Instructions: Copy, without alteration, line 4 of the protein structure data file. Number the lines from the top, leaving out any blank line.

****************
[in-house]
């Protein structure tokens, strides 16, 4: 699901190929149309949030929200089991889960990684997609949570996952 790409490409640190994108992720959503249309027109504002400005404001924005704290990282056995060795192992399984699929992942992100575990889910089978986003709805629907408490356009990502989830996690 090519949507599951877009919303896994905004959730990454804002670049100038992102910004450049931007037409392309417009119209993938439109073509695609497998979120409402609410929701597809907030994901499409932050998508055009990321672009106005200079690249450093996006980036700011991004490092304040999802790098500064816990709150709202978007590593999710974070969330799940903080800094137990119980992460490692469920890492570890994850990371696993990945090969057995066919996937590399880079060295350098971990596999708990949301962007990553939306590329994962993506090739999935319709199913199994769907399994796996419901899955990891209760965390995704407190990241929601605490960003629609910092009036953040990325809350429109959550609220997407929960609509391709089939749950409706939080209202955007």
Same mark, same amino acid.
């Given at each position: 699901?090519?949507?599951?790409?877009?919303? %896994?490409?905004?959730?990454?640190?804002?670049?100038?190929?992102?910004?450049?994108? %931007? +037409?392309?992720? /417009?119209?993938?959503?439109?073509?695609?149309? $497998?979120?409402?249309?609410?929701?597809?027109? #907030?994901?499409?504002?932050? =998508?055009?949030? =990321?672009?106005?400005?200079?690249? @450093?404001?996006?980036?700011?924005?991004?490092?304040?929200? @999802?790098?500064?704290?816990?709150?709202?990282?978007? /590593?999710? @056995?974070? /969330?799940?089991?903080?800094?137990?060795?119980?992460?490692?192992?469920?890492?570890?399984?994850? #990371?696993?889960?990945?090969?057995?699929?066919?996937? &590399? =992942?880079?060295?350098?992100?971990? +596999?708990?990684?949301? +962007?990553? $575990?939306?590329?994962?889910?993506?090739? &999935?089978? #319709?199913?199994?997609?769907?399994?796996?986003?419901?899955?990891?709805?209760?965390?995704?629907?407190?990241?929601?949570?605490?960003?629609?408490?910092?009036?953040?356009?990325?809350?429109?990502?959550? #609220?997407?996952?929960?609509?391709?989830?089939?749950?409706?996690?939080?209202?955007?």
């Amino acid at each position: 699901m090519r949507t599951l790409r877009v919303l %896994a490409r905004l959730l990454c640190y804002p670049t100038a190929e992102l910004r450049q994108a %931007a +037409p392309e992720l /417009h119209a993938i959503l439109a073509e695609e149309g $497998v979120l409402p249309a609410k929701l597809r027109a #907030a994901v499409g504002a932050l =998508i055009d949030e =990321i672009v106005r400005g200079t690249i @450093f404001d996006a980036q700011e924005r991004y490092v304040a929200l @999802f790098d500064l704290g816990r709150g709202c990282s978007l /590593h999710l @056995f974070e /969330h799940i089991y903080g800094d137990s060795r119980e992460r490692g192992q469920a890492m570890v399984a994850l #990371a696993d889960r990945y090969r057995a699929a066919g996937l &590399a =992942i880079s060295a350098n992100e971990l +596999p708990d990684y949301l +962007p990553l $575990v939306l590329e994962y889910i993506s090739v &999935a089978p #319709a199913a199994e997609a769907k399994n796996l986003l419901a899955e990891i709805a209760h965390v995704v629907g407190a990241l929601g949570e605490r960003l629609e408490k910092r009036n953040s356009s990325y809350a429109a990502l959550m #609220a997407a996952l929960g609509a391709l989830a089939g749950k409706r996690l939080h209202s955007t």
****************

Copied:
């Given at each position: 699901?090519?949507?599951?790409?877009?919303? %896994?490409?905004?959730?990454?640190?804002?670049?100038?190929?992102?910004?450049?994108? %931007? +037409?392309?992720? /417009?119209?993938?959503?439109?073509?695609?149309? $497998?979120?409402?249309?609410?929701?597809?027109? #907030?994901?499409?504002?932050? =998508?055009?949030? =990321?672009?106005?400005?200079?690249? @450093?404001?996006?980036?700011?924005?991004?490092?304040?929200? @999802?790098?500064?704290?816990?709150?709202?990282?978007? /590593?999710? @056995?974070? /969330?799940?089991?903080?800094?137990?060795?119980?992460?490692?192992?469920?890492?570890?399984?994850? #990371?696993?889960?990945?090969?057995?699929?066919?996937? &590399? =992942?880079?060295?350098?992100?971990? +596999?708990?990684?949301? +962007?990553? $575990?939306?590329?994962?889910?993506?090739? &999935?089978? #319709?199913?199994?997609?769907?399994?796996?986003?419901?899955?990891?709805?209760?965390?995704?629907?407190?990241?929601?949570?605490?960003?629609?408490?910092?009036?953040?356009?990325?809350?429109?990502?959550? #609220?997407?996952?929960?609509?391709?989830?089939?749950?409706?996690?939080?209202?955007?």